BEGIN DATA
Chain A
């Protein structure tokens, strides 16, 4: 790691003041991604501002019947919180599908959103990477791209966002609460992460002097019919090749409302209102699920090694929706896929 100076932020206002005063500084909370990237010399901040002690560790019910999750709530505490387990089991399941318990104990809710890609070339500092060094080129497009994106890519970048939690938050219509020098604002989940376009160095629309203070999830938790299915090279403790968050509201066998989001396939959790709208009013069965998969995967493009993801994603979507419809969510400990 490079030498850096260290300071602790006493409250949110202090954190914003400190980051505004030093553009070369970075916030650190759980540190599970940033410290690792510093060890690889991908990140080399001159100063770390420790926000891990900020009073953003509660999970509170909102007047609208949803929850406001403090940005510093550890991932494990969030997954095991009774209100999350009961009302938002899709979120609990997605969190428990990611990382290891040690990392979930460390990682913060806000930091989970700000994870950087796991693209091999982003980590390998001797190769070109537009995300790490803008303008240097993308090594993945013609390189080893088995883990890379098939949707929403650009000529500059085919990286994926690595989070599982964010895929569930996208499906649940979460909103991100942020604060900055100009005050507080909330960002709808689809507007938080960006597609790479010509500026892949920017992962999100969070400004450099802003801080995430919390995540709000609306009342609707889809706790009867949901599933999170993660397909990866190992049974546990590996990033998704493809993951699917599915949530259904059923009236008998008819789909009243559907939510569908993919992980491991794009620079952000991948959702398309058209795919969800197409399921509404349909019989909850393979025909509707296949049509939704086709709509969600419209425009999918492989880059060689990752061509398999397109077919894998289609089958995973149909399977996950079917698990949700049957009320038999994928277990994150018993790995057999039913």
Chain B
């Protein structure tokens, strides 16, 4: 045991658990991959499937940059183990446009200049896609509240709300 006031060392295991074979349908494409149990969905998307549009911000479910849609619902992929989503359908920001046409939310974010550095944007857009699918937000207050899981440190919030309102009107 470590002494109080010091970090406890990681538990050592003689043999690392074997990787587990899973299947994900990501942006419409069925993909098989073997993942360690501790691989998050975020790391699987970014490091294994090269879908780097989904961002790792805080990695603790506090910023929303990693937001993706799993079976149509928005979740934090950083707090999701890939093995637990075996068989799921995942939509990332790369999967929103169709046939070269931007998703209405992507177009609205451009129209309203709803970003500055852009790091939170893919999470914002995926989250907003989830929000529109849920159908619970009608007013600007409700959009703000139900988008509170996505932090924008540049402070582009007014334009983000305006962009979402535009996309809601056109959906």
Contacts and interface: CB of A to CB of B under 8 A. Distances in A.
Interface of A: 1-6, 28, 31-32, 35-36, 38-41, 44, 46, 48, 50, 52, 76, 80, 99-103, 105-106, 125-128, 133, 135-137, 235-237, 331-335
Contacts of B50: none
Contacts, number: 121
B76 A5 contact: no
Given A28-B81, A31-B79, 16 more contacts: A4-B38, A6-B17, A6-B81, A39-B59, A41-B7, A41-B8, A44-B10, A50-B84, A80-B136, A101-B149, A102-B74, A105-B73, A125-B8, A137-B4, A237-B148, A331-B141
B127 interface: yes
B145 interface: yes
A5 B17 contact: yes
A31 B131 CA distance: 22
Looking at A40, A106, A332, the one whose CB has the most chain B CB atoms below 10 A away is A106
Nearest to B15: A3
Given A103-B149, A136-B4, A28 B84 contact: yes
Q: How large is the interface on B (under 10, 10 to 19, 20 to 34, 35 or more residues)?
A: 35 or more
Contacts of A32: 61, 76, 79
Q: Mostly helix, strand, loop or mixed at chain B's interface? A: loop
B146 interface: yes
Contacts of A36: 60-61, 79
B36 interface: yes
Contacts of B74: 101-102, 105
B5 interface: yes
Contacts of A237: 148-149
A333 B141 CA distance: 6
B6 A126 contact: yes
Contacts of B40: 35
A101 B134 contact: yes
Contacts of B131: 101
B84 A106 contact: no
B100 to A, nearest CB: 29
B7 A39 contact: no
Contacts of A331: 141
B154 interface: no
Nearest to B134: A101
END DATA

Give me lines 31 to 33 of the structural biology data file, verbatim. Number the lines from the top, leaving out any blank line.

A101 B134 contact: yes
Contacts of B131: 101
B84 A106 contact: no